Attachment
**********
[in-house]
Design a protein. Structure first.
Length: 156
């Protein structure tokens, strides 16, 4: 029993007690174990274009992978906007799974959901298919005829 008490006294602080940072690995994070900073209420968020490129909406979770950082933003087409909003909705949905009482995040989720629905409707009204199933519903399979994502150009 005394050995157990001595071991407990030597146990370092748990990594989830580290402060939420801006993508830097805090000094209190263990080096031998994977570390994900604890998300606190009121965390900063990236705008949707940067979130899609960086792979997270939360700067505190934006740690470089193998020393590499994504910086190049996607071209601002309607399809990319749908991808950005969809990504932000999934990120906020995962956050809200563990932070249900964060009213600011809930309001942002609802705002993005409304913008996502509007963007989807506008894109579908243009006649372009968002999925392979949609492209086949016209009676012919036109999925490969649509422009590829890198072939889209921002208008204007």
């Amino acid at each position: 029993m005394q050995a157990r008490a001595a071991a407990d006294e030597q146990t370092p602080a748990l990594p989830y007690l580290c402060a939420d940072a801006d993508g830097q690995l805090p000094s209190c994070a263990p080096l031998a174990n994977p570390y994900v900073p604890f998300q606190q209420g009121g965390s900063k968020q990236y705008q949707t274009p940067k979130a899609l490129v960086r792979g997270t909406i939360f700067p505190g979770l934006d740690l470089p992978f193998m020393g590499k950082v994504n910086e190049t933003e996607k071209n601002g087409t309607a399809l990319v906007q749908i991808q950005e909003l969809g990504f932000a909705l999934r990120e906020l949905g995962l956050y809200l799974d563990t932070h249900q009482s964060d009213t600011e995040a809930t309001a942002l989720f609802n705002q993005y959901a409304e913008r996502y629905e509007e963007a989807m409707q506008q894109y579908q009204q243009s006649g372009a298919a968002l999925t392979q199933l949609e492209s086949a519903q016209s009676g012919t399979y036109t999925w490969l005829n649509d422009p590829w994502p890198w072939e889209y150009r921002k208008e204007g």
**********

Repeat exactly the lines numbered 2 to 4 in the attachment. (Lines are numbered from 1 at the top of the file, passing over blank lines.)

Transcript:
Design a protein. Structure first.
Length: 156
């Protein structure tokens, strides 16, 4: 029993007690174990274009992978906007799974959901298919005829 008490006294602080940072690995994070900073209420968020490129909406979770950082933003087409909003909705949905009482995040989720629905409707009204199933519903399979994502150009 005394050995157990001595071991407990030597146990370092748990990594989830580290402060939420801006993508830097805090000094209190263990080096031998994977570390994900604890998300606190009121965390900063990236705008949707940067979130899609960086792979997270939360700067505190934006740690470089193998020393590499994504910086190049996607071209601002309607399809990319749908991808950005969809990504932000999934990120906020995962956050809200563990932070249900964060009213600011809930309001942002609802705002993005409304913008996502509007963007989807506008894109579908243009006649372009968002999925392979949609492209086949016209009676012919036109999925490969649509422009590829890198072939889209921002208008204007």